Did you have a sense that your writing was fresh, and that you knew a world that most people hadn’t written about? If they knew it, they didn’t write about it.

 

Yeah. Quite honestly, it’s because if you were to look into the sort of educational background of, let’s say, all of the kids my age within that square two miles of where I grew up, I would put money down on the fact that I may be one of three that actually graduated from college. If that. So, in the sense that I was sitting there and I was writing stories among whatever, seventeen, eighteen other people, yeah, there was definitely nobody else writing the kinda stuff that I was writing.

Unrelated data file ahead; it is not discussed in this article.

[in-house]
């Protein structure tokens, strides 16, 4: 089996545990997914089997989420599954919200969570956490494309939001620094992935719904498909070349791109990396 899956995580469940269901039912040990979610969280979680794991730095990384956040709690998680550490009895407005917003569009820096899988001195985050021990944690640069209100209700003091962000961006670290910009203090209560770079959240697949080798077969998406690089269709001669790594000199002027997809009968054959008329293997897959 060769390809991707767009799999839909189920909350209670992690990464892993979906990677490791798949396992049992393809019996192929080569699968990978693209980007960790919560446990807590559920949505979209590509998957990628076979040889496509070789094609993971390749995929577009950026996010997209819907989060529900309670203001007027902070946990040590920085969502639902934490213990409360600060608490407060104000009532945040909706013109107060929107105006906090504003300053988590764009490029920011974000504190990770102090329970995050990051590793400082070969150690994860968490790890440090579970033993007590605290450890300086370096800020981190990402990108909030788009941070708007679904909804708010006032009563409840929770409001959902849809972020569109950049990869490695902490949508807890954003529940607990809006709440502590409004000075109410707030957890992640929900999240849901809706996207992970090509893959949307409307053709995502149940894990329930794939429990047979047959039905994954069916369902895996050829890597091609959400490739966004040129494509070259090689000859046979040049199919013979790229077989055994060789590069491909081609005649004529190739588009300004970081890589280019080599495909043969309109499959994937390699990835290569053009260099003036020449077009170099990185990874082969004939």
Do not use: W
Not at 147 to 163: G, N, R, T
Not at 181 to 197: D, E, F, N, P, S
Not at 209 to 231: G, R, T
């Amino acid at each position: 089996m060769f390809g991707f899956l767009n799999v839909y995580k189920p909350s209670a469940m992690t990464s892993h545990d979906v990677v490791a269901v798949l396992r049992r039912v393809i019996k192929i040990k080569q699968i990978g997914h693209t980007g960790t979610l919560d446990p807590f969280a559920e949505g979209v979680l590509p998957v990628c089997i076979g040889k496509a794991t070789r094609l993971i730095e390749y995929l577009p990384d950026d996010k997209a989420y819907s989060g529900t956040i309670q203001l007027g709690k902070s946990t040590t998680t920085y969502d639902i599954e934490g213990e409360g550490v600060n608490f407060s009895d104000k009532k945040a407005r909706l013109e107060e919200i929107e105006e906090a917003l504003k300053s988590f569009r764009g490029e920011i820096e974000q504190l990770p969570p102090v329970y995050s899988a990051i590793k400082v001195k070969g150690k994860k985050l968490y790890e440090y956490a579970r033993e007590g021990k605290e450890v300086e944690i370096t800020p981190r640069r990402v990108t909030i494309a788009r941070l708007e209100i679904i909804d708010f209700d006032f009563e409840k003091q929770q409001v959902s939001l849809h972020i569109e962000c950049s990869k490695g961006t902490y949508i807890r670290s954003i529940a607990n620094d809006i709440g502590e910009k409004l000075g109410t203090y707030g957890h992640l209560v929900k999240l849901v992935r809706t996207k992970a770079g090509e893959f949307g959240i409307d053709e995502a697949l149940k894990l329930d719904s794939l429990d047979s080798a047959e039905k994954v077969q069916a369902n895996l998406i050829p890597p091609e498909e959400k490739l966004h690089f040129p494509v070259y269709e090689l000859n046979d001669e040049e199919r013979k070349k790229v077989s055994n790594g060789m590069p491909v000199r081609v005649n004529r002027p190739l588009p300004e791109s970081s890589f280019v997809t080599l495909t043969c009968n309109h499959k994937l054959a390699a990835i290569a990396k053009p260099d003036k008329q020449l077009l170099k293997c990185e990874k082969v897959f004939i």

Would you talk about some more of the influences on your writing? What, and who have influenced your writing?